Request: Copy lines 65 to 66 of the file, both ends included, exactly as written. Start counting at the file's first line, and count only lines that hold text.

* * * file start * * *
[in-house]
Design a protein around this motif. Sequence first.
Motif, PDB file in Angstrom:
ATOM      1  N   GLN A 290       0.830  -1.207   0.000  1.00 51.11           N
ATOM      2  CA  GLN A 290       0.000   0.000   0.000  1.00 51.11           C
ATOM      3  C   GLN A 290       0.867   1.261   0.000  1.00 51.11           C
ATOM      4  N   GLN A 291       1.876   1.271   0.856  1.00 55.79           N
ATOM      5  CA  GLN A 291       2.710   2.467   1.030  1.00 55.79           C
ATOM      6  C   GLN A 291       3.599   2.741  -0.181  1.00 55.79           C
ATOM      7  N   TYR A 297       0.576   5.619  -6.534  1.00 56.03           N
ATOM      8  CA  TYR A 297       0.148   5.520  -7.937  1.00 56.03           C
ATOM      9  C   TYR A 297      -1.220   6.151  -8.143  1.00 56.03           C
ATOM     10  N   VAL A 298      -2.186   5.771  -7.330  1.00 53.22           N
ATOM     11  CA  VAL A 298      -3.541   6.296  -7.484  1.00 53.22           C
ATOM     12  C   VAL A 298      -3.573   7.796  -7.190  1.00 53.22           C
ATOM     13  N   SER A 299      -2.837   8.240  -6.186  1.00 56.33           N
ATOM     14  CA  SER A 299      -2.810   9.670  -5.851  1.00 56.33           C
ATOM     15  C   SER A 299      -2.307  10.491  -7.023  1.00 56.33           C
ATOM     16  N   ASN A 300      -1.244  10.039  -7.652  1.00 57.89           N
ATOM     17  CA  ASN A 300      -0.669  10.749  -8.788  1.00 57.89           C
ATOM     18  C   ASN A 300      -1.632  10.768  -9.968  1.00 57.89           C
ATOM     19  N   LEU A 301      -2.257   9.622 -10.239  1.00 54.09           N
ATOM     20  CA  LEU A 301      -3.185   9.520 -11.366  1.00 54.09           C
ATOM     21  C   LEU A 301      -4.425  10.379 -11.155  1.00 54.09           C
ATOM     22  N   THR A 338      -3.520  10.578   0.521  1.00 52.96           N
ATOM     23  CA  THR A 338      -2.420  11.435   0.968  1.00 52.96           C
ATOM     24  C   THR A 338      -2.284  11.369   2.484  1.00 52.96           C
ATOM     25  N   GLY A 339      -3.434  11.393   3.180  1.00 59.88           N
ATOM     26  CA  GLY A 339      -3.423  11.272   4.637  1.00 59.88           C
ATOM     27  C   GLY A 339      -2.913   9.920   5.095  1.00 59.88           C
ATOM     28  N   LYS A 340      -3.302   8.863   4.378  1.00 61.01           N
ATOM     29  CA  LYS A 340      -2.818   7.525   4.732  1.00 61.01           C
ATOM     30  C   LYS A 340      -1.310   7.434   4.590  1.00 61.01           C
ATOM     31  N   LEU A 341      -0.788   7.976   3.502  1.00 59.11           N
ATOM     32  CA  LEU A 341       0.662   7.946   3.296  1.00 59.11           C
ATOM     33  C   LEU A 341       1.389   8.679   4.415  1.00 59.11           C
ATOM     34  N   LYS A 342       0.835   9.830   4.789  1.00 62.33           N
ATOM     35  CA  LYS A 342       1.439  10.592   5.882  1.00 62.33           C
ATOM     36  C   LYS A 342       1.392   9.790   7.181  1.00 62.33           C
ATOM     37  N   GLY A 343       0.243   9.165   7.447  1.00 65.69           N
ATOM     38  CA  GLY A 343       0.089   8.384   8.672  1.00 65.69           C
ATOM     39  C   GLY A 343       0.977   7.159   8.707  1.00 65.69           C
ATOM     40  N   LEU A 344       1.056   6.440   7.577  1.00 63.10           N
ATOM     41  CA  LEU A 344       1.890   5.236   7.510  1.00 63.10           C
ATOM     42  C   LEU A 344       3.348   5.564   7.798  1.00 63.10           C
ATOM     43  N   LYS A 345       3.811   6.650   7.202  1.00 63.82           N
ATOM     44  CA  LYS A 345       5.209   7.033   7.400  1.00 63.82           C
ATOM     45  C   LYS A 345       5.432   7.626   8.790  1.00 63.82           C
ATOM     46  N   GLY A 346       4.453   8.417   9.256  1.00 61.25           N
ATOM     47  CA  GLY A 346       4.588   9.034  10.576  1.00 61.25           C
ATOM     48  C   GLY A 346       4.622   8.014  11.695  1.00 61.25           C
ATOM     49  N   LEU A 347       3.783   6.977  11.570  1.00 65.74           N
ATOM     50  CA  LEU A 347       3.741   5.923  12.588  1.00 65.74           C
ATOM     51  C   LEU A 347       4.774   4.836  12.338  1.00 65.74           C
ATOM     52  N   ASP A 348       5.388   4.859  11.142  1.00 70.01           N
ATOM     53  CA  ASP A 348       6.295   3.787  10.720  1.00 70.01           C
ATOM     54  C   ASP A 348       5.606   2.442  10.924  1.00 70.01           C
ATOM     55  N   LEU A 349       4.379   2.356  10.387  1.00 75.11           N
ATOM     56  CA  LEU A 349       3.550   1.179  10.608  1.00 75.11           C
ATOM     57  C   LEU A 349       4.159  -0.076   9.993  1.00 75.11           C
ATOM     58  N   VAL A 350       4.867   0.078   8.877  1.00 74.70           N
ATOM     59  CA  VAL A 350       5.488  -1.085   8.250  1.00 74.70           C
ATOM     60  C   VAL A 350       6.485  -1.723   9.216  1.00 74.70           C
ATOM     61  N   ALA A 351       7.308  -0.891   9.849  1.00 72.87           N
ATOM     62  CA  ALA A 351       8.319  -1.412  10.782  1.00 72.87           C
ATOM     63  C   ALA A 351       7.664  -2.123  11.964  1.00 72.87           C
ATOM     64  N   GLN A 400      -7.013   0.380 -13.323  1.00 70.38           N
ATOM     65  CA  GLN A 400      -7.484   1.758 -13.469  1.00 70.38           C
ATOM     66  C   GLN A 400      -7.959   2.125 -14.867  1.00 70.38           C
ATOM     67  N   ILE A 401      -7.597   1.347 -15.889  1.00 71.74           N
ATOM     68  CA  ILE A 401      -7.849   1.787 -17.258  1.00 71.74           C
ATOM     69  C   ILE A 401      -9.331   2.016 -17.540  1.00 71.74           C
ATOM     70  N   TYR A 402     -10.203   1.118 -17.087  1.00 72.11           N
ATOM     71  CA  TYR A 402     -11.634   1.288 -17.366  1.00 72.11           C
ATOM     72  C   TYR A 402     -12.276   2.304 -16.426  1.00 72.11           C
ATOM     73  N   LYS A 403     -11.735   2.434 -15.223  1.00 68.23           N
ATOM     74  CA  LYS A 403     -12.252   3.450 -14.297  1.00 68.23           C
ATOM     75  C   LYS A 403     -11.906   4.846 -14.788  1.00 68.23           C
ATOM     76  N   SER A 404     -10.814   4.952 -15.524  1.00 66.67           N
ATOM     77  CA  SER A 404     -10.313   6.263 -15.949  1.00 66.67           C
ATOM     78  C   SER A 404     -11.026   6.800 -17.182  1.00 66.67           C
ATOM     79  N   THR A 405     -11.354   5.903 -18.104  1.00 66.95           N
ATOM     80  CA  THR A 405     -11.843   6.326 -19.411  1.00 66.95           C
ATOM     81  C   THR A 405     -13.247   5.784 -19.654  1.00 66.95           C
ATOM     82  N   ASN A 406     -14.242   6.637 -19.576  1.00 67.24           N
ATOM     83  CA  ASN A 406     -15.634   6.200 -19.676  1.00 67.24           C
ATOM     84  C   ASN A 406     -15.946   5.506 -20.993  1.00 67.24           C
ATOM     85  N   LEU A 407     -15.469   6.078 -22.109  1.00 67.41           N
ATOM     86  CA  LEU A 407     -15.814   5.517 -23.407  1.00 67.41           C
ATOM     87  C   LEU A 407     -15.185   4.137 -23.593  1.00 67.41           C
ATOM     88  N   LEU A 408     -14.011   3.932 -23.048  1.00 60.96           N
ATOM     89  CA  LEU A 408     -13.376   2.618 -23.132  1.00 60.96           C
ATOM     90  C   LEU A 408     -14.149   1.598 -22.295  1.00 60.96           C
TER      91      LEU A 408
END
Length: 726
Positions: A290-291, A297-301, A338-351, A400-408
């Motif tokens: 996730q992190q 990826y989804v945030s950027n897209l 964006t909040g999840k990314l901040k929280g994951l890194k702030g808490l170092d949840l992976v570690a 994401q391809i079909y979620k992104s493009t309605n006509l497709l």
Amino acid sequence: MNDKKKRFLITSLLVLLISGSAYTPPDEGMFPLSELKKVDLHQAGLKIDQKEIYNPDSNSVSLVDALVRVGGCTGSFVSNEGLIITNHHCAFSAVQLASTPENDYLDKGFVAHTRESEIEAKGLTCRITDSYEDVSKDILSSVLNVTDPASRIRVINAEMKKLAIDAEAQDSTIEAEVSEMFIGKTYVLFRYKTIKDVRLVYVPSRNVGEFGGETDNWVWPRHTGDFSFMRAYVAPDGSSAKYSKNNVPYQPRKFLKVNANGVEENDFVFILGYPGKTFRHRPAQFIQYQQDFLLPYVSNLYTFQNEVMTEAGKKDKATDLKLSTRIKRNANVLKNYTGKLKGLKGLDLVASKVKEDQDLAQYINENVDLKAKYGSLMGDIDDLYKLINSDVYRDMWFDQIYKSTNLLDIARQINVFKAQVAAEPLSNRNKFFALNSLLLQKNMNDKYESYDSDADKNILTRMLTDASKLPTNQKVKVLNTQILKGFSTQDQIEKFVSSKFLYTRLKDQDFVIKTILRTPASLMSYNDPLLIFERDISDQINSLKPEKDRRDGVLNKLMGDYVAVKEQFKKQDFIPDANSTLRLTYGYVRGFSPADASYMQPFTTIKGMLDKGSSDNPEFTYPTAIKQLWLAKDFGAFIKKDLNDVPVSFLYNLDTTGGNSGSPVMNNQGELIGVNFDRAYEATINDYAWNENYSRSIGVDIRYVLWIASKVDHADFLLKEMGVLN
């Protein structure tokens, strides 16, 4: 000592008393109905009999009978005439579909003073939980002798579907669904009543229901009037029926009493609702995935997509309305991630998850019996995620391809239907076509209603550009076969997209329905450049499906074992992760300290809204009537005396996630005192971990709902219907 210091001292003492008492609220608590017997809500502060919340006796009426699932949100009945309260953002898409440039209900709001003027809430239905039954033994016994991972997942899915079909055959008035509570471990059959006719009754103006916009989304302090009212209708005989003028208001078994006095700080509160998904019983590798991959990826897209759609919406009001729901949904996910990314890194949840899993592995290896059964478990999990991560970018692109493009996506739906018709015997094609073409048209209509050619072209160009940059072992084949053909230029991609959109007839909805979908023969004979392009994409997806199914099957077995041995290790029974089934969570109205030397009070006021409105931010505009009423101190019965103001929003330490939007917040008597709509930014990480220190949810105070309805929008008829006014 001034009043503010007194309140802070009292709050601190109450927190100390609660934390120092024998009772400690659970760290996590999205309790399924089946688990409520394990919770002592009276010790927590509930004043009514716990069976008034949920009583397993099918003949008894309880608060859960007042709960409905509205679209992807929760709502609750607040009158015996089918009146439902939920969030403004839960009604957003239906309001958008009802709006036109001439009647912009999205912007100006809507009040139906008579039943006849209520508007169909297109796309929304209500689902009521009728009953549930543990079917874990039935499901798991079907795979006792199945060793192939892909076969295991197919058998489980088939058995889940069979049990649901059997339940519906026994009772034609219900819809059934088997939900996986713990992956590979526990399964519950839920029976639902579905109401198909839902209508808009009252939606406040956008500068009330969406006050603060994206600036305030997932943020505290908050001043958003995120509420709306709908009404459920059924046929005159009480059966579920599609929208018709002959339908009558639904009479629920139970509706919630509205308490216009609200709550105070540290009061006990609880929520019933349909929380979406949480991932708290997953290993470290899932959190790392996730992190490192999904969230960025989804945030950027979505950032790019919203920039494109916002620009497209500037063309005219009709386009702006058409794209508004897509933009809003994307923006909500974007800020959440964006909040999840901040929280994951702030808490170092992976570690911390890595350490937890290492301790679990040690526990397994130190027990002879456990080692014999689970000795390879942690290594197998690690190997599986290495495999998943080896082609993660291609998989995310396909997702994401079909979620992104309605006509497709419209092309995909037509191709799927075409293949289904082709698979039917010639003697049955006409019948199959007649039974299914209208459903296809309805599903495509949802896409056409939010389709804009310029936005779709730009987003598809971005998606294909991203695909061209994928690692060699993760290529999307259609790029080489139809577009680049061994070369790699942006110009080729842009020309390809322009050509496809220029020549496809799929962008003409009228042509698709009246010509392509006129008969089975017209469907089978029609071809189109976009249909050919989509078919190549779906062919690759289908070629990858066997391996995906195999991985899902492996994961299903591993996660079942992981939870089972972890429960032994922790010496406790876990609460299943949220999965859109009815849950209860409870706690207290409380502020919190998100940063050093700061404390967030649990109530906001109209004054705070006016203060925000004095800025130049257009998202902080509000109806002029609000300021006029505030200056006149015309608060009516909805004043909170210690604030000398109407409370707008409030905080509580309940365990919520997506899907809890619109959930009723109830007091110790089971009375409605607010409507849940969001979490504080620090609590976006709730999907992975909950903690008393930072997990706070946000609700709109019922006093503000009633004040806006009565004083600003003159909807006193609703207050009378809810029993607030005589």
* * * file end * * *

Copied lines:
ATOM     62  CA  ALA A 351       8.319  -1.412  10.782  1.00 72.87           C
ATOM     63  C   ALA A 351       7.664  -2.123  11.964  1.00 72.87           C